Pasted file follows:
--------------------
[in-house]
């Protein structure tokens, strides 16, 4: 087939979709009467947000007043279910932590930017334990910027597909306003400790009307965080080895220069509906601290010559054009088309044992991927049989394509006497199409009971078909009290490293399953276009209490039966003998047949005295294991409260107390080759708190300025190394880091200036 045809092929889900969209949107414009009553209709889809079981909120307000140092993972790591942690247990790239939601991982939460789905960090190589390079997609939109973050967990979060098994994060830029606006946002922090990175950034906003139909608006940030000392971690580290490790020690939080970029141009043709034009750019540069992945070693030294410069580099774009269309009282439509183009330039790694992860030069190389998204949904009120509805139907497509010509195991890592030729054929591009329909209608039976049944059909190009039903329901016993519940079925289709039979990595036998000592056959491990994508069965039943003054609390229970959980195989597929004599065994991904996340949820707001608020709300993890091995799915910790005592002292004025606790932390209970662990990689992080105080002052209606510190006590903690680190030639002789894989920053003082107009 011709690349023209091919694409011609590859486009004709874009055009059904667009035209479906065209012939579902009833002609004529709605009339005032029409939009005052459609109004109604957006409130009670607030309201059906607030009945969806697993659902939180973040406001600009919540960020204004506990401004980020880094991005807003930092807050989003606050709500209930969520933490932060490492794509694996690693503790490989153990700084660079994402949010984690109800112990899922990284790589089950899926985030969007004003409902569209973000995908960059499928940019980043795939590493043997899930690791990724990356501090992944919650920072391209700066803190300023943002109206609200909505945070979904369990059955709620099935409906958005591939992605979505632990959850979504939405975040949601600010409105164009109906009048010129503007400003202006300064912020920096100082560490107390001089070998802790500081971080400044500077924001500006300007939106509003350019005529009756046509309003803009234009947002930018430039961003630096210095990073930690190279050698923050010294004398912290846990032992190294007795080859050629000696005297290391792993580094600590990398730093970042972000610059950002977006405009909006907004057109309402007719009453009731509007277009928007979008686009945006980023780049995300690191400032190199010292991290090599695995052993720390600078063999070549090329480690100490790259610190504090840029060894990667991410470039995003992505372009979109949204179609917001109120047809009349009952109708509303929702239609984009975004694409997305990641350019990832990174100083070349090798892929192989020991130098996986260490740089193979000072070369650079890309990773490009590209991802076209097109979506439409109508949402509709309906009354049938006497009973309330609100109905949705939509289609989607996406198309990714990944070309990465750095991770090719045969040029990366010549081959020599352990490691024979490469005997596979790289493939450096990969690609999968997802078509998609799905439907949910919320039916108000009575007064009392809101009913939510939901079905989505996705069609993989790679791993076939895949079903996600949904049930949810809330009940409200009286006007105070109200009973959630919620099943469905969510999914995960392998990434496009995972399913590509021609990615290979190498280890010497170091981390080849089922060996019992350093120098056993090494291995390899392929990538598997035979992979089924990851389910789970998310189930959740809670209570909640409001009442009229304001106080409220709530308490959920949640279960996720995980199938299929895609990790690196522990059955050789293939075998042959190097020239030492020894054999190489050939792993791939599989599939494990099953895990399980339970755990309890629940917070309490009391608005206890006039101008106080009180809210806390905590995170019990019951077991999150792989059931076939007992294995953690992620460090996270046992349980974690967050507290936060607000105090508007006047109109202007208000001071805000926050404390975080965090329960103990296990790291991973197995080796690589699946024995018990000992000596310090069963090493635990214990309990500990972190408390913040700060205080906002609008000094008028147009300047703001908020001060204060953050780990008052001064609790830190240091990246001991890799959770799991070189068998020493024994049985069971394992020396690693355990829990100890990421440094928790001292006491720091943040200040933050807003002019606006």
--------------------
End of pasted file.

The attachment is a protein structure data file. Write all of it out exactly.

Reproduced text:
[in-house]
């Protein structure tokens, strides 16, 4: 087939979709009467947000007043279910932590930017334990910027597909306003400790009307965080080895220069509906601290010559054009088309044992991927049989394509006497199409009971078909009290490293399953276009209490039966003998047949005295294991409260107390080759708190300025190394880091200036 045809092929889900969209949107414009009553209709889809079981909120307000140092993972790591942690247990790239939601991982939460789905960090190589390079997609939109973050967990979060098994994060830029606006946002922090990175950034906003139909608006940030000392971690580290490790020690939080970029141009043709034009750019540069992945070693030294410069580099774009269309009282439509183009330039790694992860030069190389998204949904009120509805139907497509010509195991890592030729054929591009329909209608039976049944059909190009039903329901016993519940079925289709039979990595036998000592056959491990994508069965039943003054609390229970959980195989597929004599065994991904996340949820707001608020709300993890091995799915910790005592002292004025606790932390209970662990990689992080105080002052209606510190006590903690680190030639002789894989920053003082107009 011709690349023209091919694409011609590859486009004709874009055009059904667009035209479906065209012939579902009833002609004529709605009339005032029409939009005052459609109004109604957006409130009670607030309201059906607030009945969806697993659902939180973040406001600009919540960020204004506990401004980020880094991005807003930092807050989003606050709500209930969520933490932060490492794509694996690693503790490989153990700084660079994402949010984690109800112990899922990284790589089950899926985030969007004003409902569209973000995908960059499928940019980043795939590493043997899930690791990724990356501090992944919650920072391209700066803190300023943002109206609200909505945070979904369990059955709620099935409906958005591939992605979505632990959850979504939405975040949601600010409105164009109906009048010129503007400003202006300064912020920096100082560490107390001089070998802790500081971080400044500077924001500006300007939106509003350019005529009756046509309003803009234009947002930018430039961003630096210095990073930690190279050698923050010294004398912290846990032992190294007795080859050629000696005297290391792993580094600590990398730093970042972000610059950002977006405009909006907004057109309402007719009453009731509007277009928007979008686009945006980023780049995300690191400032190199010292991290090599695995052993720390600078063999070549090329480690100490790259610190504090840029060894990667991410470039995003992505372009979109949204179609917001109120047809009349009952109708509303929702239609984009975004694409997305990641350019990832990174100083070349090798892929192989020991130098996986260490740089193979000072070369650079890309990773490009590209991802076209097109979506439409109508949402509709309906009354049938006497009973309330609100109905949705939509289609989607996406198309990714990944070309990465750095991770090719045969040029990366010549081959020599352990490691024979490469005997596979790289493939450096990969690609999968997802078509998609799905439907949910919320039916108000009575007064009392809101009913939510939901079905989505996705069609993989790679791993076939895949079903996600949904049930949810809330009940409200009286006007105070109200009973959630919620099943469905969510999914995960392998990434496009995972399913590509021609990615290979190498280890010497170091981390080849089922060996019992350093120098056993090494291995390899392929990538598997035979992979089924990851389910789970998310189930959740809670209570909640409001009442009229304001106080409220709530308490959920949640279960996720995980199938299929895609990790690196522990059955050789293939075998042959190097020239030492020894054999190489050939792993791939599989599939494990099953895990399980339970755990309890629940917070309490009391608005206890006039101008106080009180809210806390905590995170019990019951077991999150792989059931076939007992294995953690992620460090996270046992349980974690967050507290936060607000105090508007006047109109202007208000001071805000926050404390975080965090329960103990296990790291991973197995080796690589699946024995018990000992000596310090069963090493635990214990309990500990972190408390913040700060205080906002609008000094008028147009300047703001908020001060204060953050780990008052001064609790830190240091990246001991890799959770799991070189068998020493024994049985069971394992020396690693355990829990100890990421440094928790001292006491720091943040200040933050807003002019606006």